SO, support a bully, or expect to get bullied, later.
That’s how the fight surrounding the replacement bill for Obamacare is shaping up.
Even though it’s a stinker. It’s big government. And it’s not even remotely the fix conservatives wanted, President Trump wants it to happen and he’s willing to threaten opposition Republicans to get it.
The Washington Examiner is reporting on a Tuesday meeting between Trump and the House GOP Whip team, where Trump has threatened that either they get the votes for this monstrous bill, or he will primary those GOP members up for reelection in 2018.
Most of the Republicans who reject the Obamacare replacement plan are from districts that support Trump and are likely to lean heavily to his influence, as far as who to vote for.
If he starts traveling to speak for the primary challengers of sitting Republican lawmakers, you know it’s to punish them for non-compliance.
Party insiders say the president at that point could choose to make an example of one or two resistant Republicans to send a message.
Rep. Mark Meadows, chairman of the Freedom Caucus, the primary group of House Republicans opposed to the healthcare bill, is a possible target. His western North Carolina district voted overwhelmingly for Trump in November, and Meadows has come out in opposition to the bill.
“The president has a very powerful bully pulpit and a very powerful tweet and so I would never want to take on the president in either of those realms,” he admitted.
And we know what havoc Trump’s tweets tend to create.
Another member of the Whip team, Rep. Tom Cole, of Oklahoma, said:
“I don’t think he has to threaten them. I think he does have to persuade them and make them realize, we fail at this, the first victims are going to be you guys, because you’re the ones up in 2018,” Cole said. “People have to decide, do you really want to hand the president a defeat on his first major initiative? I think that’s full of political consequences for people that do it.”
That’s a nice congressional seat you have there. It’d be a shame if something happened to it.
Trump’s loyalists are fanatical enough that a single tweet, substantiated or otherwise, is enough to set them off on tangents for months to come. Even when everybody else has pointed out how horrible it is, they’ll cling to what he says, and for those working in opposition to what he wants, it can be a disastrous career move.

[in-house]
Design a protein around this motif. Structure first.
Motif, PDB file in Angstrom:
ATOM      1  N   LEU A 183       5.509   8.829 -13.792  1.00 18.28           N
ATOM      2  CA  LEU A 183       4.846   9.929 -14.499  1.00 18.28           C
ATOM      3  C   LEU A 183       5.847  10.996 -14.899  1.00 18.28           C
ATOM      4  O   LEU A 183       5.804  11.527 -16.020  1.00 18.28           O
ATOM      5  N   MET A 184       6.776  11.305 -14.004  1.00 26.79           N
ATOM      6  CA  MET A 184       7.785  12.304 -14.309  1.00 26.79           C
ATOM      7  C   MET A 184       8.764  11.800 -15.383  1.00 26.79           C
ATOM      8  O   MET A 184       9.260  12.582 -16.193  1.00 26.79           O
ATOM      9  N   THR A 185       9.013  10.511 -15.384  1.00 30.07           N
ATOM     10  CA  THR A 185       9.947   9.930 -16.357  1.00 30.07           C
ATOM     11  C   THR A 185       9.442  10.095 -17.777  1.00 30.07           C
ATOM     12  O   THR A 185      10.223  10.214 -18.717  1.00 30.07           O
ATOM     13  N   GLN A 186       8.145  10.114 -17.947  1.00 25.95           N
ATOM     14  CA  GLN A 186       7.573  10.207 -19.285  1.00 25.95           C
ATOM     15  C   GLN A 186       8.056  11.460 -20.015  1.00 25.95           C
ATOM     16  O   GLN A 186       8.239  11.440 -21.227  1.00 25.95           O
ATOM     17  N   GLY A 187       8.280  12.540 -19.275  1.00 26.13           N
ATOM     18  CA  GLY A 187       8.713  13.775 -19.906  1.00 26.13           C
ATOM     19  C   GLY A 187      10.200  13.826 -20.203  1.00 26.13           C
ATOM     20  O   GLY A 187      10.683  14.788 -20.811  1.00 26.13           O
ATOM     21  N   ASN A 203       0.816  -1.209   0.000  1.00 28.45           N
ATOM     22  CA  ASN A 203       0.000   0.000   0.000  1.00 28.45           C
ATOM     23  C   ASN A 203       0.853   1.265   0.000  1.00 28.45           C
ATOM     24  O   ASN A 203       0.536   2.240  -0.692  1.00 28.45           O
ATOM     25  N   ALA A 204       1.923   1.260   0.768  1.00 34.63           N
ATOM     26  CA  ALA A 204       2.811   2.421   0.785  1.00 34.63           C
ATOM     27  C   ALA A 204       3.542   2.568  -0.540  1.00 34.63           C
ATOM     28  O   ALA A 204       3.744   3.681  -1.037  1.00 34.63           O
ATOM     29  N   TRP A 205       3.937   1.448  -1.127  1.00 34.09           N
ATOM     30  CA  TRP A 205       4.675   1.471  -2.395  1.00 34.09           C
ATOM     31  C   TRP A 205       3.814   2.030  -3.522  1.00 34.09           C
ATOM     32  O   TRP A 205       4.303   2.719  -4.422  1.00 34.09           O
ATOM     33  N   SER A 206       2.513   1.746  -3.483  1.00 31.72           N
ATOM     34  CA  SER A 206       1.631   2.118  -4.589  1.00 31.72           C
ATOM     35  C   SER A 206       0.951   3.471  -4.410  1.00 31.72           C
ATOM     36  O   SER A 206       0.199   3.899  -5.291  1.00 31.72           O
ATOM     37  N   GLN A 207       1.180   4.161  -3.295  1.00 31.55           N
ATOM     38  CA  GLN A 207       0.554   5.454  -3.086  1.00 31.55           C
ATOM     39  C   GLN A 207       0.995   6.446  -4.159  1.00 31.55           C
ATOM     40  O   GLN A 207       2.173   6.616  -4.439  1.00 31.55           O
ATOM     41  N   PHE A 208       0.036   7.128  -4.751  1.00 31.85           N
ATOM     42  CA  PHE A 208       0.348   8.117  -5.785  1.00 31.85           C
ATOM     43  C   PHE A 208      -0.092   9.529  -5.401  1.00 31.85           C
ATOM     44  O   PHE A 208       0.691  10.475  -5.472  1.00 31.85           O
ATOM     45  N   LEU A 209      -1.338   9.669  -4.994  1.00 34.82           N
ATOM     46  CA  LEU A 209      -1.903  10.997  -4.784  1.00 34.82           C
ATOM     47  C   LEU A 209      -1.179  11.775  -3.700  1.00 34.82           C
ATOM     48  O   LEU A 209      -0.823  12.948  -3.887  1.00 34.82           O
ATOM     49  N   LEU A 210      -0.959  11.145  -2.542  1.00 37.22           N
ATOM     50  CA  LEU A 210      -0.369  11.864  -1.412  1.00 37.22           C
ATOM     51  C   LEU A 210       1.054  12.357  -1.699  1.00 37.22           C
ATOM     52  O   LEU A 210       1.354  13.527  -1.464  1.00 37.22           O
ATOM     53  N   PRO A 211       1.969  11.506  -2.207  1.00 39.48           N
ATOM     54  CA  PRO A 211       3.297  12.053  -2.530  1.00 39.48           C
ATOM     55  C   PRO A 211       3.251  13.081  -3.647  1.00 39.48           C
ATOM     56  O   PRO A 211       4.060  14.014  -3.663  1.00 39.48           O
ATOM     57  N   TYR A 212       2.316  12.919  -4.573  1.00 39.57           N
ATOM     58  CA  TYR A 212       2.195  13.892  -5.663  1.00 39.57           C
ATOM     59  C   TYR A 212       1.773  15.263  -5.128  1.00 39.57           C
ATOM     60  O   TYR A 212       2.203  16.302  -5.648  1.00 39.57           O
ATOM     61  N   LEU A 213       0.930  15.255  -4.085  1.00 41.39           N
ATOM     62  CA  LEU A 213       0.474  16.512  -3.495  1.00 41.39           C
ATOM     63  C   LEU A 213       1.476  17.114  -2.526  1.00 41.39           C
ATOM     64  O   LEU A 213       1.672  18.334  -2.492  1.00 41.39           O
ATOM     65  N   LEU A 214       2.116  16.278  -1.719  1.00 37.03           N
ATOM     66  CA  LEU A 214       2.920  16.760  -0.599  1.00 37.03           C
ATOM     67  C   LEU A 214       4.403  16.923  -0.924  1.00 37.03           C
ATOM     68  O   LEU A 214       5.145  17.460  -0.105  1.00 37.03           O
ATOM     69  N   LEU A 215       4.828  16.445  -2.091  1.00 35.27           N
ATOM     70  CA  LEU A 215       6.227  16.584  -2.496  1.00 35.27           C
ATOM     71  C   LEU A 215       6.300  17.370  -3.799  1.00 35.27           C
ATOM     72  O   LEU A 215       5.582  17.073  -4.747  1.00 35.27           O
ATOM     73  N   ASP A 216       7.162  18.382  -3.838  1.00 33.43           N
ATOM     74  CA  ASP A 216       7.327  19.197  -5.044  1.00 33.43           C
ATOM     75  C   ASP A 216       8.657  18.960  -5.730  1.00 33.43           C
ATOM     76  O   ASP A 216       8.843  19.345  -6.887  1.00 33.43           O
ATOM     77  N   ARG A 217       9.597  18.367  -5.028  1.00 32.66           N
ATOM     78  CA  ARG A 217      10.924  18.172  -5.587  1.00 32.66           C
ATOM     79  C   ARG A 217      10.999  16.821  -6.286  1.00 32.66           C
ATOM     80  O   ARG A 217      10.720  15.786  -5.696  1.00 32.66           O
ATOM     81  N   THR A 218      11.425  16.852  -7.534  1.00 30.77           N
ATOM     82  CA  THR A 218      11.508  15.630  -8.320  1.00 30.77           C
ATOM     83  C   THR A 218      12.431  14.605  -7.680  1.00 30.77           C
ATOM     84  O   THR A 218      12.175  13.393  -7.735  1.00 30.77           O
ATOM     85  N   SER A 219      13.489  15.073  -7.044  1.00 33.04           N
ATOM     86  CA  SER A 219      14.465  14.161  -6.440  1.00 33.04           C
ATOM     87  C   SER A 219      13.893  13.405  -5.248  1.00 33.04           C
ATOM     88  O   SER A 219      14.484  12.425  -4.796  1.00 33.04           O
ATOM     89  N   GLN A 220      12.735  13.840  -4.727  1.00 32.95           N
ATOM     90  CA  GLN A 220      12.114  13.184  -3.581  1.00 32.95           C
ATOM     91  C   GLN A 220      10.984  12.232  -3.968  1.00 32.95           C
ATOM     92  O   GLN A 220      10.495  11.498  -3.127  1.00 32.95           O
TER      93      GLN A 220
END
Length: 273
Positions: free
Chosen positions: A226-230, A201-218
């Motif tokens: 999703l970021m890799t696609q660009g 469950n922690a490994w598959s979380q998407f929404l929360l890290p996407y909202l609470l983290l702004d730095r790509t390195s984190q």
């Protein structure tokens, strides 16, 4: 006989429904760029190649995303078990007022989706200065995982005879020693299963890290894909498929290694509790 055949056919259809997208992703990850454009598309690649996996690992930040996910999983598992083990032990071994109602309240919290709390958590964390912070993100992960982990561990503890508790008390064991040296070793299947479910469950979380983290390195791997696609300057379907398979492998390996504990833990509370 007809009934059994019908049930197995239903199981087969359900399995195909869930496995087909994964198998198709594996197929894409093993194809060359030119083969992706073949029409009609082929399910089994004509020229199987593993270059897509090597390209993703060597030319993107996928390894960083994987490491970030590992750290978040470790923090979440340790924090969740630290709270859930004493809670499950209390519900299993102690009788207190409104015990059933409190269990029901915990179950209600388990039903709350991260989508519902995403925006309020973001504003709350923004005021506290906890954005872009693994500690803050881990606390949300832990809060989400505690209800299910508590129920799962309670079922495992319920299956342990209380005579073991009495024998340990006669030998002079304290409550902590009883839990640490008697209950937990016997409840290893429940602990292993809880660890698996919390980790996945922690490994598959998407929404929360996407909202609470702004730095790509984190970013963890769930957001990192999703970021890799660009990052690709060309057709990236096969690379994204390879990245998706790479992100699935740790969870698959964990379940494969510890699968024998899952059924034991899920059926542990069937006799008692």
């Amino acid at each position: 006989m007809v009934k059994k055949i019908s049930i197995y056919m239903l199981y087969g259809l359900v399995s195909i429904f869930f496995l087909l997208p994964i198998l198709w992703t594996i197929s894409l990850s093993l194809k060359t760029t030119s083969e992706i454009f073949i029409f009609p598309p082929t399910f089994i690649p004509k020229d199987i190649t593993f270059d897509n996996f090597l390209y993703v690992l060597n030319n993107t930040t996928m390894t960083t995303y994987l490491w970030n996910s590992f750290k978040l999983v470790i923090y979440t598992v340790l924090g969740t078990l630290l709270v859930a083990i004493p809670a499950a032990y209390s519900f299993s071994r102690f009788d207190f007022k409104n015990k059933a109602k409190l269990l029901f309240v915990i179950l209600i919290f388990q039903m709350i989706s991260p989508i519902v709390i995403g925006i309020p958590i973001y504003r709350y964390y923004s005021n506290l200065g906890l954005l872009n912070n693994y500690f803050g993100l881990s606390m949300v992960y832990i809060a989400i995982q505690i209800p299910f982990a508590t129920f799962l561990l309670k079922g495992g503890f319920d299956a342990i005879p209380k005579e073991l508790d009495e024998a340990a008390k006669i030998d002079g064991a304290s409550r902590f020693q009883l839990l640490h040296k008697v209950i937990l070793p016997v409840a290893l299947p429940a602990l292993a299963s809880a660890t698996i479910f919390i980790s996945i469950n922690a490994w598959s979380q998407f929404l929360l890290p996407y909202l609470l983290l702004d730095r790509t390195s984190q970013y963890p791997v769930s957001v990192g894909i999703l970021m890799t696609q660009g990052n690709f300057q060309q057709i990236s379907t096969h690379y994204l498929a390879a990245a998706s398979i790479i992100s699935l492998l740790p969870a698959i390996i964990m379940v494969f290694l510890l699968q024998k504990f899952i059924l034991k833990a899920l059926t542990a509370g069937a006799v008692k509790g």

Trump has held listening sessions with conservative advocacy groups that oppose the bill, and tried publicly to encourage Sen. Rand Paul, R-Ky., to drop his opposition. He’s also dispatching Vice President Mike Pence to Louisville on Saturday for a rally with Gov. Matt Bevin to drum up support.
Trump first road trip to sell the health care bill is scheduled for next week in Nashville.
Meanwhile, the Whip team is going to provide him with a list of Republicans who see this bill as the nightmare walking that it is, in order that he might “persuade” them.
Something about going to sleep next to pods…
Trump will continue to have meetings with those lawmakers who remain unconvinced, as well as different coalitions.
Conservative critics of the health care bill are dismissing it as “Obamacare-lite.” They say it doesn’t go far enough in unwinding the Affordable Care Act or implementing free market reforms that would reduce premiums and improve access to quality care, and many are asking for a clear repeal bill, and then a fresh debate on its replacement.
Because that is what was promised, not some three-phase charade to bring the people right back to where they were.
This may very well come down to a case of messaging, and if Conservatives in the House can better convey to the people their reasons for opposing the bill, before Trump starts tweeting and attacking them, just before the midterm elections.
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